Quasi-Repetitive Control for Fast and Accurate Atomic Force Microscopy
Repetitive controllers use delayed feedback for periodic operations to provide a feedforward-like control action capable of high bandwidth operation. However, the signal to be tracked/rejected must be perfectly periodic, with known time-period, to obtain asymptotic convergence. Any deviation from periodicity can severely degrade the tracking performance of the controller. This paper explores the idea of employing a variation of repetitive controller to expand the domain of signals that can be tracked with the repetitive framework. The signals intended to be tracked belong to a class of quasiperiodic signals that can be represented as an algebraic sum of periodic and polynomial signals. Many of the commonly occurring physiologic signals, speech, and vibration signals belong to this signal class. Moreover, periodic signals that drift can also be modeled as this type of quasiperiodic signals. The derived quasi-repetitive controller guarantees asymptotic convergence with a plug-in architecture that can be added to an existing feedback design. One practical application of this controller occurs in atomic force microscopy (AFM), where imaging a sloped or non-flat sample surface induces quasiperiodic disturbances in the control loop. Experimental results demonstrate accurate and high speed imaging can be performed using the prescribed controller.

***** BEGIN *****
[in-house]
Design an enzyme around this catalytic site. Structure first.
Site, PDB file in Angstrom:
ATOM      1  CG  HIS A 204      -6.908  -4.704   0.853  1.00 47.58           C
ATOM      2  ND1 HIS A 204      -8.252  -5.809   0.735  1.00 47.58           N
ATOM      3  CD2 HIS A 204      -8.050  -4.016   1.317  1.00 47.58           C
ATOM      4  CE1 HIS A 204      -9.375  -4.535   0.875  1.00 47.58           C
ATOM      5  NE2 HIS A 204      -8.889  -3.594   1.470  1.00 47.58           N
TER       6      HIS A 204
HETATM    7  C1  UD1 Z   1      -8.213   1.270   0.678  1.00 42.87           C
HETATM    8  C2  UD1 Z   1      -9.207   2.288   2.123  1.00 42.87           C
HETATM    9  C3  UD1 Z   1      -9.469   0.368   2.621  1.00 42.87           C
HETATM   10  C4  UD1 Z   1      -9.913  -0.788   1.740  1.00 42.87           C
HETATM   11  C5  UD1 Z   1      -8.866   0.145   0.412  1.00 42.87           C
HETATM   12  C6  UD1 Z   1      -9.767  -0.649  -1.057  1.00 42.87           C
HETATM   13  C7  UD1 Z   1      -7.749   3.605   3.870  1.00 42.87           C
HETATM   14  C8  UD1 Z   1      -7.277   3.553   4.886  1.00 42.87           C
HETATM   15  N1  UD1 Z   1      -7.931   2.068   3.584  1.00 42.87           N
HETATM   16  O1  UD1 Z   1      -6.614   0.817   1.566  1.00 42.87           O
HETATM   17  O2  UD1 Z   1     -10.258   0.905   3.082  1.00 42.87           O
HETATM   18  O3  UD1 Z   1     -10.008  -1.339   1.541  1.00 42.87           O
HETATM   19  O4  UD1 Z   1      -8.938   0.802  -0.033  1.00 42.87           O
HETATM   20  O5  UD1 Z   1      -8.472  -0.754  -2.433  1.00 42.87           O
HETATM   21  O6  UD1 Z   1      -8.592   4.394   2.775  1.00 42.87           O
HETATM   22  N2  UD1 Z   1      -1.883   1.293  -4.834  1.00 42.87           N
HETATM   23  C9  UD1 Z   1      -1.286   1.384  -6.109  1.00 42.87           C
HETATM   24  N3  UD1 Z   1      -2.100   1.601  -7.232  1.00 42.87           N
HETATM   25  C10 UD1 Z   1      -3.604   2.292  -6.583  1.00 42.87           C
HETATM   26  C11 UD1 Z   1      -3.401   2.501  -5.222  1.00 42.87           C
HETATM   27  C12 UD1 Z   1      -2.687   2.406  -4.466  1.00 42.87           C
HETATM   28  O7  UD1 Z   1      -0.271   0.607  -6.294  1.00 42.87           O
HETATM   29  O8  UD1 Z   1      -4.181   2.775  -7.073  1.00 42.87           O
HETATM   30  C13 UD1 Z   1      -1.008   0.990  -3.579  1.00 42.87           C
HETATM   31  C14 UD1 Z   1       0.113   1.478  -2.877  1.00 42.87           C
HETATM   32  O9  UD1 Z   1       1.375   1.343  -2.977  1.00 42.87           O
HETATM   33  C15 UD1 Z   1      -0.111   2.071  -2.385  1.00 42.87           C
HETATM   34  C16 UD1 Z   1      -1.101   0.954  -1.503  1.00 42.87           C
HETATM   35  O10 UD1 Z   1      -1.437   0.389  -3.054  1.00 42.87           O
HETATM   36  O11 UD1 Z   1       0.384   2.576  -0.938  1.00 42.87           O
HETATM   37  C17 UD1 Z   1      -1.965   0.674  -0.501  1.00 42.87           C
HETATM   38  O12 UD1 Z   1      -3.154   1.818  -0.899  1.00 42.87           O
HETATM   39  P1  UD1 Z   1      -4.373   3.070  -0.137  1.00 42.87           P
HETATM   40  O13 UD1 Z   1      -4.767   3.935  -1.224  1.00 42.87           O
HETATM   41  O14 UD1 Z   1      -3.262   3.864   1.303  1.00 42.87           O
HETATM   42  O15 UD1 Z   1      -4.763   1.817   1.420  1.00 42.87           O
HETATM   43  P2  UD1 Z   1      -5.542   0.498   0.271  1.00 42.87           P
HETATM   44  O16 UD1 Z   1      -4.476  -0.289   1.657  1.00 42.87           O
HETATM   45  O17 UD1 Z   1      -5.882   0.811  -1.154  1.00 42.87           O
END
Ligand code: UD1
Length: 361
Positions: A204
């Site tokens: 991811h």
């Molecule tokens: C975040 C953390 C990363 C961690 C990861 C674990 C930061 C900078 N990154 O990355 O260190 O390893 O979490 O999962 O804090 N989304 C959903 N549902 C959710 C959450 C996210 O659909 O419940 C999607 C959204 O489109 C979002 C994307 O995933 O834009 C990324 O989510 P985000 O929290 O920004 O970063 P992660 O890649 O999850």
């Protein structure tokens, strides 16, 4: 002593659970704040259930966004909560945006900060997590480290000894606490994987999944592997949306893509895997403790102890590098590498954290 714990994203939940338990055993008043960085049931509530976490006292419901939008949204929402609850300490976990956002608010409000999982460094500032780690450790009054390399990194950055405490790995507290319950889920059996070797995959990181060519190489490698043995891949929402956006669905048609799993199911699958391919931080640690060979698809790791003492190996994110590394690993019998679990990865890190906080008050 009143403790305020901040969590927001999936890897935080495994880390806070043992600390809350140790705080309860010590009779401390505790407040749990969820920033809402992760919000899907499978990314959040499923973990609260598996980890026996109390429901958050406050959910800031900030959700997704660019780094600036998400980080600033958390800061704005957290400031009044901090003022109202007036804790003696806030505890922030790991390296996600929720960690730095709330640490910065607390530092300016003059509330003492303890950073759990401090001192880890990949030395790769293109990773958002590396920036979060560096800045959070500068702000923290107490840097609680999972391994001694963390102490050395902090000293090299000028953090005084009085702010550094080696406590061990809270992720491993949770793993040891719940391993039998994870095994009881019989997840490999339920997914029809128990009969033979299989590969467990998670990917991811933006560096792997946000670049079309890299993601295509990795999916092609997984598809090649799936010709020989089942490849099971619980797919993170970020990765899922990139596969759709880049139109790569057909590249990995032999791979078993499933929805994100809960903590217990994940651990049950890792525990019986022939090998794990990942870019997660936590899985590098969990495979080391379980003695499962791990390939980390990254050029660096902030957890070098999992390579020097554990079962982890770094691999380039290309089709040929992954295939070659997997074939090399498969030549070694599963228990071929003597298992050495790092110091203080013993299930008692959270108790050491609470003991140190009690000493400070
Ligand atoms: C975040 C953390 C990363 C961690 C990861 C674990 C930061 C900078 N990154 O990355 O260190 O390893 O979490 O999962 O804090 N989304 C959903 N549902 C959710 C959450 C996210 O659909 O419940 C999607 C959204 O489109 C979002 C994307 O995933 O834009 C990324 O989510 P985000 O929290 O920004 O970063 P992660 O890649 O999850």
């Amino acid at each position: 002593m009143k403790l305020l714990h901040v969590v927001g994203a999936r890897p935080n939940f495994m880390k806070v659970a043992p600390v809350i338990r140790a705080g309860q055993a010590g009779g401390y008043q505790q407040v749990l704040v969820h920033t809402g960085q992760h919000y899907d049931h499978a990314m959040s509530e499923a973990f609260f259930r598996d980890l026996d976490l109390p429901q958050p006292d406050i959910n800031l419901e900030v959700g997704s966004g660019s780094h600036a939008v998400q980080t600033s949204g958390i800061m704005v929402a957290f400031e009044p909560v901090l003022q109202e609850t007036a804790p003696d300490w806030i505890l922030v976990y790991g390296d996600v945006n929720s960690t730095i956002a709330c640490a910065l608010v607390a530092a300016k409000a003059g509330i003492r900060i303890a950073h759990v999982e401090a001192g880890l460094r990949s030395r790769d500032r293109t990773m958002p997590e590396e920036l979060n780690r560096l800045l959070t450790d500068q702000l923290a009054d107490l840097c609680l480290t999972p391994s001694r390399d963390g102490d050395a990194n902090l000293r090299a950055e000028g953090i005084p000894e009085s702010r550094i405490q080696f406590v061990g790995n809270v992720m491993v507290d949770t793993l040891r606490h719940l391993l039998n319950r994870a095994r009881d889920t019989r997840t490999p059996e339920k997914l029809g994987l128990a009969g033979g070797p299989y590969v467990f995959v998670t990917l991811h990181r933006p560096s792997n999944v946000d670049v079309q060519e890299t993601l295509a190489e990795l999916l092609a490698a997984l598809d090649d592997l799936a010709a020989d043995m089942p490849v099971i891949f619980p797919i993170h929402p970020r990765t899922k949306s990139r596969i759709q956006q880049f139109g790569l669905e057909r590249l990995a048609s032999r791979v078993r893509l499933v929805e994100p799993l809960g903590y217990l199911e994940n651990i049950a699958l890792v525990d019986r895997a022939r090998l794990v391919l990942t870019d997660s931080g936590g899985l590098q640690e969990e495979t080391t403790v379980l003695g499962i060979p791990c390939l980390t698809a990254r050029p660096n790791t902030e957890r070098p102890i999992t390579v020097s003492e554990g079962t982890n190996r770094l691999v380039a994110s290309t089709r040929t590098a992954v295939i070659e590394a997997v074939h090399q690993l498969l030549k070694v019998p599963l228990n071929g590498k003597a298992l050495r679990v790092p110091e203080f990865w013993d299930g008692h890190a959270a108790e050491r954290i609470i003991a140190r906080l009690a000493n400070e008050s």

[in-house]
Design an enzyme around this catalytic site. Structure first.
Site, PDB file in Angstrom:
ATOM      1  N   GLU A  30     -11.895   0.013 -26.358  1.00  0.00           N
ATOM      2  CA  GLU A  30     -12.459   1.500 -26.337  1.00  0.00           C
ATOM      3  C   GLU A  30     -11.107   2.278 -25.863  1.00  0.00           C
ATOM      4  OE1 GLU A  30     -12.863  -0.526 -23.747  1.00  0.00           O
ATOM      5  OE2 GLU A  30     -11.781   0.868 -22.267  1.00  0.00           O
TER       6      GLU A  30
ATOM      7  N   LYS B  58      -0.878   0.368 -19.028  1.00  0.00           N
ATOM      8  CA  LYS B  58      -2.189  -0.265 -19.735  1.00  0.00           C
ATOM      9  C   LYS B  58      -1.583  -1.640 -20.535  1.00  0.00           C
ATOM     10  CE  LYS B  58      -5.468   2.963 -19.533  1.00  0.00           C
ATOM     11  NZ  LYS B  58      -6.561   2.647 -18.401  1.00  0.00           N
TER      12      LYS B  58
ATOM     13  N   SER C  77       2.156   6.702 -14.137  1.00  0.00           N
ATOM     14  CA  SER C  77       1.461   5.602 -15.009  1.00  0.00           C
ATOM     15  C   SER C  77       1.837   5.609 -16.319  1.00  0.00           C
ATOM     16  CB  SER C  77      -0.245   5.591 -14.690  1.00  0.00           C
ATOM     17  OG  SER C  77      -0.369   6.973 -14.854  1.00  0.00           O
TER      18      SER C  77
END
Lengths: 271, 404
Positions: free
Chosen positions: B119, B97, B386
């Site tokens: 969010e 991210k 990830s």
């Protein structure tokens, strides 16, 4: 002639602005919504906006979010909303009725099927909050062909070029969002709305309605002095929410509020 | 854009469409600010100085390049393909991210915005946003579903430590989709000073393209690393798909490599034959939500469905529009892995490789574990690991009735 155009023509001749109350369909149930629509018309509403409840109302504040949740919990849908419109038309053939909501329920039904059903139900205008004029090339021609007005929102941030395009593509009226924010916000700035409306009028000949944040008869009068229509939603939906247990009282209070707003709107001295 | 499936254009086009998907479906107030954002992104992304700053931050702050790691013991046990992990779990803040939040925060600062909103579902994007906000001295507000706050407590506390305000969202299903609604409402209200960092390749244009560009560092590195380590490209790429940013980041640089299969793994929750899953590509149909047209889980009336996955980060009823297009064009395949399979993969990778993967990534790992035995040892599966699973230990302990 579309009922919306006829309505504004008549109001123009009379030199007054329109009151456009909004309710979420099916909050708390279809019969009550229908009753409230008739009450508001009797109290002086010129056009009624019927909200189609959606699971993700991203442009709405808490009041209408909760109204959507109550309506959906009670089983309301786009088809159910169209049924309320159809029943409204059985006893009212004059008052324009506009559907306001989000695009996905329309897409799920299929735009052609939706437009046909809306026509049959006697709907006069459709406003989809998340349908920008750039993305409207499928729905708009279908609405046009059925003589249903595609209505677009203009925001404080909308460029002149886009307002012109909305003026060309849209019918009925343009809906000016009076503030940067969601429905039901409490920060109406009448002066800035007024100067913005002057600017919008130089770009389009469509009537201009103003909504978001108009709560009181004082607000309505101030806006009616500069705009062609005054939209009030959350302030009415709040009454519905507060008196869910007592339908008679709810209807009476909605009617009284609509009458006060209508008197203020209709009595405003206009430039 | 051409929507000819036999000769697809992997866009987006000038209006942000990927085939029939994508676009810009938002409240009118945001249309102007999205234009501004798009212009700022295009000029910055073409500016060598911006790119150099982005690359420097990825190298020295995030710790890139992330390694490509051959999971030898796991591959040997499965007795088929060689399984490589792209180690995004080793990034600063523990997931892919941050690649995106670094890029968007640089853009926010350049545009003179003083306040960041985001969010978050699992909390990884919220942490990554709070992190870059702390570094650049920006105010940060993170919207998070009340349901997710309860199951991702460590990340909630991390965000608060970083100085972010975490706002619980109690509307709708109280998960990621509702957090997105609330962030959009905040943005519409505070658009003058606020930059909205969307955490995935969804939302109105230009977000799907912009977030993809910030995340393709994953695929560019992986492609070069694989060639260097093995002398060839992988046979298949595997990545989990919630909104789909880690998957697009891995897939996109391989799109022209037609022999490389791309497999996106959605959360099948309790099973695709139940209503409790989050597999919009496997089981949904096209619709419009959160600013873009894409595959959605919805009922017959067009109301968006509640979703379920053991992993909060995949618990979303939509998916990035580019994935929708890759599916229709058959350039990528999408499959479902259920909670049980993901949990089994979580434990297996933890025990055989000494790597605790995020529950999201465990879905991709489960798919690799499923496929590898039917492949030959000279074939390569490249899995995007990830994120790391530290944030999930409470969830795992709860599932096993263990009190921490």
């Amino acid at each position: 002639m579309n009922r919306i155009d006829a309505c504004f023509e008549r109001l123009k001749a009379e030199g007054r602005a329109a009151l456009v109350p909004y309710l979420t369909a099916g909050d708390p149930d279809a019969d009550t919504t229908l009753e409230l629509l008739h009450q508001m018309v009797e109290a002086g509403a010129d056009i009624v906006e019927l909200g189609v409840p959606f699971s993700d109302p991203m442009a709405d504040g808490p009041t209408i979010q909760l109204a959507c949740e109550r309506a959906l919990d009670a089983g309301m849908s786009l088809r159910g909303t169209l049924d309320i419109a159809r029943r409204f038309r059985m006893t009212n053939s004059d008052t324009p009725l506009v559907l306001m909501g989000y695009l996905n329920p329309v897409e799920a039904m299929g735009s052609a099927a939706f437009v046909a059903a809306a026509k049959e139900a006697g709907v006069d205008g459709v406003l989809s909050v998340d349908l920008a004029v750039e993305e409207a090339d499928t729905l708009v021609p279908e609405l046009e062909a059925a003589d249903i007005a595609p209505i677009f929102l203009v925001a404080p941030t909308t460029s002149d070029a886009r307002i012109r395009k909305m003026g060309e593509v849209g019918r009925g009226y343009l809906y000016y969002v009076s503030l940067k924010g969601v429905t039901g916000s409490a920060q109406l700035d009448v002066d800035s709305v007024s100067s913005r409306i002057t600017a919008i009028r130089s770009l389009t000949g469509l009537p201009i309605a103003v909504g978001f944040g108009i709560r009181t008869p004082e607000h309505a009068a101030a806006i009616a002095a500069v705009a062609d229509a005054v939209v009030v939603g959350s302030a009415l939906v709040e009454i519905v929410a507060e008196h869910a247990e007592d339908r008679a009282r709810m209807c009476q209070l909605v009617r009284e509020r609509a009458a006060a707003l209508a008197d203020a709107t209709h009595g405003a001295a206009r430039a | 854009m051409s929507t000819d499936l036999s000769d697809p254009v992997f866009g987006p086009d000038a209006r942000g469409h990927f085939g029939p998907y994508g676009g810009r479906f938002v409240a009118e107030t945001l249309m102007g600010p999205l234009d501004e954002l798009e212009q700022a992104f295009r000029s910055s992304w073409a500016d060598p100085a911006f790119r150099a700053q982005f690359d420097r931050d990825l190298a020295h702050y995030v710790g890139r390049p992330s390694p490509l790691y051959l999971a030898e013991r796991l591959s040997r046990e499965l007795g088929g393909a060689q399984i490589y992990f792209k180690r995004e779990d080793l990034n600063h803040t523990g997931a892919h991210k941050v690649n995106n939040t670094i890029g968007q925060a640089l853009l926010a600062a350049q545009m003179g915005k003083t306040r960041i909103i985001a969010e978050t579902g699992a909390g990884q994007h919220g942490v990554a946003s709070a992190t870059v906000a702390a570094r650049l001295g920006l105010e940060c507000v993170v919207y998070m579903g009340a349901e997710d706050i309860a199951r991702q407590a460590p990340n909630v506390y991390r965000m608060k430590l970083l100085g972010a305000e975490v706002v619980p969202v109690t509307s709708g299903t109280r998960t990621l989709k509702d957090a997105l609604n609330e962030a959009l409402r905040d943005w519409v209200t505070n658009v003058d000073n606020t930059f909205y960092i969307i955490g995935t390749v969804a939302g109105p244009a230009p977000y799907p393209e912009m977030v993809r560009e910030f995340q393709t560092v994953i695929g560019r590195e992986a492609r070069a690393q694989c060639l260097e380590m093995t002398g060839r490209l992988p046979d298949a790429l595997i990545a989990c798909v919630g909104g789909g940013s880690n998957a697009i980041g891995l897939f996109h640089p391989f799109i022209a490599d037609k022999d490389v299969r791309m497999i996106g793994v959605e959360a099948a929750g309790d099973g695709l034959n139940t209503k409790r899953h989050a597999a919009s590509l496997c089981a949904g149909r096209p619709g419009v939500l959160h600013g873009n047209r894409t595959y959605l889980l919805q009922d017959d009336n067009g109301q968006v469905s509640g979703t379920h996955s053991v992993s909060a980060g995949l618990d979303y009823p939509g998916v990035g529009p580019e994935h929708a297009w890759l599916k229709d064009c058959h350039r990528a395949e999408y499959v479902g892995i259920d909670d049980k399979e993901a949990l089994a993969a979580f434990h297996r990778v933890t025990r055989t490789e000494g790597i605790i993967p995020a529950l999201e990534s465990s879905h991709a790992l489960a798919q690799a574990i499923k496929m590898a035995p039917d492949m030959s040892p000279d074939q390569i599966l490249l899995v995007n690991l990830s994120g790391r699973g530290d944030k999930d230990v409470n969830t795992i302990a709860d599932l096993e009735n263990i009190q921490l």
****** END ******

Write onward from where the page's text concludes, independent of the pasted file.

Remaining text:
M. Loganathan and D. A. Bristow, "Quasi-Repetitive Control for Fast and Accurate Atomic Force Microscopy," Proceedings of the 2016 American Control Conference (2016, Boston, MA), pp. 360-365, Institute of Electrical and Electronics Engineers (IEEE), Jul 2016.
The definitive version is available at https://doi.org/10.1109/ACC.2016.7524941
2016 American Control Conference, ACC (2016: Jul. 6-8, Boston, MA)
Mechanical and Aerospace Engineering
Intelligent Systems Center
International Standard Book Number (ISBN)
International Standard Serial Number (ISSN)
Article - Conference proceedings
© 2016 Institute of Electrical and Electronics Engineers (IEEE), All rights reserved.
01 Jul 2016